“Religion operates on the principle that ‘I obey, therefore God accepts me.’ But the gospel is ‘I’m accepted through what Jesus Christ has done, therefore I obey.’" Timothy Keller
I once tried navigating the length of a balance beam. To my uninitiated eyes, it looked deceptively easy — until I climbed aboard. That 4-inch-wide plank was just 4 feet off the ground, but I might as well have been suspended over the Grand Canyon. To match the Olympic feats of unaided somersaults or flips on such a slender surface will be forever beyond me.
Judging a competition in such an event must indeed be a challenge. Eagle eyes seek out the slightest slip or bobble. Were the feet properly aligned? Did the performer rotate completely? Did she stick the landing?
From that vantage point, it seems clear that religion has no exclusive corner on legalism. Aside from the regrettable example of some athletes, the sports world has us all beat. Multiple “instant replay” videos of football and basketball plays are run backward and forward in slow motion to determine if rules were followed, if the receiver had control of the ball before stepping out of bounds, if the runner beat the throw, or if the basketball player’s foot was touching the three-point arc when he released the ball.
We support such efforts because we know these events, to mean anything at all, must be kept within consistent boundaries. So this begs the question: Do our relationships or our religion deserve the same intensity, the same fidelity, the same fervor that we give to other vicarious experiences?
Country singer Johnny Cash, backstage one evening, reflected on the contrast between the pull of the entertainment world and the safe haven of his new marriage. It took him just 20 minutes to write out the lyrics to a song with a lesson.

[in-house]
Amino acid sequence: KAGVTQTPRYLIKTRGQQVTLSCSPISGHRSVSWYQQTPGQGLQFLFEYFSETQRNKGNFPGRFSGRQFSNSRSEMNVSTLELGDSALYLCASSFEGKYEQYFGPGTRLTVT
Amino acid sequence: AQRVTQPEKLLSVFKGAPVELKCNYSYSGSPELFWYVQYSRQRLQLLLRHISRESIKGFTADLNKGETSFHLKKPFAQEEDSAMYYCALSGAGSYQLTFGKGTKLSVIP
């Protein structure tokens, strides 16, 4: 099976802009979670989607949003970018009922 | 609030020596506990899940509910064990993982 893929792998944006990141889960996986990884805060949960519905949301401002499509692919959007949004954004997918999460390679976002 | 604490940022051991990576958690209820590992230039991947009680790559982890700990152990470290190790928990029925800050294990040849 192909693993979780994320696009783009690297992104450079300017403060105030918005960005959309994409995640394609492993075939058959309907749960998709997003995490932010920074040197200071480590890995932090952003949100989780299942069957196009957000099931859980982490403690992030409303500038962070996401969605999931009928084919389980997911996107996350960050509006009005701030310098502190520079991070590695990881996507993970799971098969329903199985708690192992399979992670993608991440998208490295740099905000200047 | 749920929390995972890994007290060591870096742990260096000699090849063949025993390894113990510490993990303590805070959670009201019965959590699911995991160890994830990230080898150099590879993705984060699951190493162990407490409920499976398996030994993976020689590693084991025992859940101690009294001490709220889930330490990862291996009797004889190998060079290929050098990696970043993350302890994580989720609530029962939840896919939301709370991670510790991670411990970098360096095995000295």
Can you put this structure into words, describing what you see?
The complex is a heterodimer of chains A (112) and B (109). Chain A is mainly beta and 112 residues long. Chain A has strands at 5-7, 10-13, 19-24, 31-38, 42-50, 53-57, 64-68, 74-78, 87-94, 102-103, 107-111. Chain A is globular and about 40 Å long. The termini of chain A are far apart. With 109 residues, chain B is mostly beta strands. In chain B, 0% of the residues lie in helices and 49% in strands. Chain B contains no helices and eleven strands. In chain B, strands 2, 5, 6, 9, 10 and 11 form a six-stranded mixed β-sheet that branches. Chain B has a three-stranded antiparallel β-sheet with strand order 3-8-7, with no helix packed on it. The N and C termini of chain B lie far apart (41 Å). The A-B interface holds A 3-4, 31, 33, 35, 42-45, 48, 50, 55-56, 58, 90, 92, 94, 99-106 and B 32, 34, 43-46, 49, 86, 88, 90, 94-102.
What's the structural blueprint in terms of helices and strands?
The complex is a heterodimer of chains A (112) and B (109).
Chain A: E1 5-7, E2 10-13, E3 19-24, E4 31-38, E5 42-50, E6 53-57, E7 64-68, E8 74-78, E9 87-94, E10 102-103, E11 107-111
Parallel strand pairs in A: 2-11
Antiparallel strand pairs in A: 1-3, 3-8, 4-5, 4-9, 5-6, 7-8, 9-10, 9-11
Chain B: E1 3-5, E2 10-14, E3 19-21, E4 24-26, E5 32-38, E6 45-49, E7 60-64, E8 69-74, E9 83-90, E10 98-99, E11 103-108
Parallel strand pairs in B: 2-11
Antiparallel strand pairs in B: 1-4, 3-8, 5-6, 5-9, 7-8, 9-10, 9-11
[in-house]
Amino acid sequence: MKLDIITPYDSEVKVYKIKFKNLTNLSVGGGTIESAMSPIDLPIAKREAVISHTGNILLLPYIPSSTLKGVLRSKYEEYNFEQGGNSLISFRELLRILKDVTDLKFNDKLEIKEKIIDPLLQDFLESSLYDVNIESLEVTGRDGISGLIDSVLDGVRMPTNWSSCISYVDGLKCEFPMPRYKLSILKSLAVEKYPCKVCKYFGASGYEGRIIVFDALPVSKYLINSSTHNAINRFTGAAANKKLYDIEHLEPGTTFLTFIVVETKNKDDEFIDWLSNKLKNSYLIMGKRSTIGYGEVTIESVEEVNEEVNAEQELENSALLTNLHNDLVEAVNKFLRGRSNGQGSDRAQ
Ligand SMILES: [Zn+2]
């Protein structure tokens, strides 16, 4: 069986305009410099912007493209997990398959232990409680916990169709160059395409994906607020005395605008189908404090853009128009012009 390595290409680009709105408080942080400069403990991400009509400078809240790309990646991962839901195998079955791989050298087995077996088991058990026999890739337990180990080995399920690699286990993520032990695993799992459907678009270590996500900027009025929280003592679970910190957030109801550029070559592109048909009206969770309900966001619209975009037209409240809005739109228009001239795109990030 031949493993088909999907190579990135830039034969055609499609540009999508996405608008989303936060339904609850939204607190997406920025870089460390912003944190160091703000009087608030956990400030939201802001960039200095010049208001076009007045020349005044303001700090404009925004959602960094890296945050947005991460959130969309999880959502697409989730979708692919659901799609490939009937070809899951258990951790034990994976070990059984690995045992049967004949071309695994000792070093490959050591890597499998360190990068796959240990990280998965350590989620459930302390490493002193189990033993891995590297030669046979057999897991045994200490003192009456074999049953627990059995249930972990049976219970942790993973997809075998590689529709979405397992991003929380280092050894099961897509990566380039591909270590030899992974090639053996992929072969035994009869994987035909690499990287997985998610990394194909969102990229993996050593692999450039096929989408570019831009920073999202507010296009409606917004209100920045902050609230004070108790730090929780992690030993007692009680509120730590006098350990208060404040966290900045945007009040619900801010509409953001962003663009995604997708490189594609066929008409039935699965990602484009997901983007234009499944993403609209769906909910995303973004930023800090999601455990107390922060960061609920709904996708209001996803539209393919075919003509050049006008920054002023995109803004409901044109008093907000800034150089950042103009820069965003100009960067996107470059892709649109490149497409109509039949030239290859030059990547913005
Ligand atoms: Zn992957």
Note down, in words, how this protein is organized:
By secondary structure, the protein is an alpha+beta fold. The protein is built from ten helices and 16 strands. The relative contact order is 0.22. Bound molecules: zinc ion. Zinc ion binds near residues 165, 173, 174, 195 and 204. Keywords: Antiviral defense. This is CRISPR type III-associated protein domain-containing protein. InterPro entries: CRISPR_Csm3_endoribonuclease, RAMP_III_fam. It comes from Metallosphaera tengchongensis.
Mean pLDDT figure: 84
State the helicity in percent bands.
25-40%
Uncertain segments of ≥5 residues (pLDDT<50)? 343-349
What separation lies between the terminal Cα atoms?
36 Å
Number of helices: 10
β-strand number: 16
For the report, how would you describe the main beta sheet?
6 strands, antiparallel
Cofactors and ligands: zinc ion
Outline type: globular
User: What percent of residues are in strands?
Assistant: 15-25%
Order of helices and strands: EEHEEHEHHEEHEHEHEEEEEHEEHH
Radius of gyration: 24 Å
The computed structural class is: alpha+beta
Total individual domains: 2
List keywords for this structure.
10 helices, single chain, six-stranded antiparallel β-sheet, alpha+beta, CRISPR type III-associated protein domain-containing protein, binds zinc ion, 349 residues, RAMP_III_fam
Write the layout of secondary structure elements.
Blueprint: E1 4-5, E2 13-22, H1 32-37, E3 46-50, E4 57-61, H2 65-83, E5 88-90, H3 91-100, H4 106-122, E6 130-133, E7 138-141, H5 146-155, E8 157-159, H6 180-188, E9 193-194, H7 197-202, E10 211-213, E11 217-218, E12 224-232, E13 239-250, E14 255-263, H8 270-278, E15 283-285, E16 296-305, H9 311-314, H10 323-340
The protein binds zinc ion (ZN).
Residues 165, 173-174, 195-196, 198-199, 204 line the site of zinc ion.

Each stanza ends with the iconic words, “Because you’re mine, I walk the line.” Cash was no angel. He knew the challenges of addiction, drugs and alcohol. Perhaps he should’ve walked farther away from that line, that edge. Yet the lesson remains. Committing an infraction in sports may reap a temporary 15-yard penalty, but crossing the line in a relationship risks an irreparable breach of trust, a permanently broken heart.
Why should we permit ourselves to be less passionate about our walk with God than with sports or other human relationships? A relationship with God is all or nothing. Choice is God's gift of freedom, the power to answer "yes" or "no" to the divine Knocker at the door. Choice can cause hearts to soften or harden, spiritual bonds to strengthen or shatter. Spiritual fidelity or infidelity, like any other relationship, is always a choice.
Therein lies the intriguing relationship of fidelity and grace woven through the stanzas of the faithful down through the centuries to us and our children. Fidelity is not an Olympic sport, graded by performance perfection. It's our active choice, our response of gratitude to the only perfect One who has already paid the ultimate and eternal price.
How could we be satisfied with anything less? Because we’re His, we walk the line.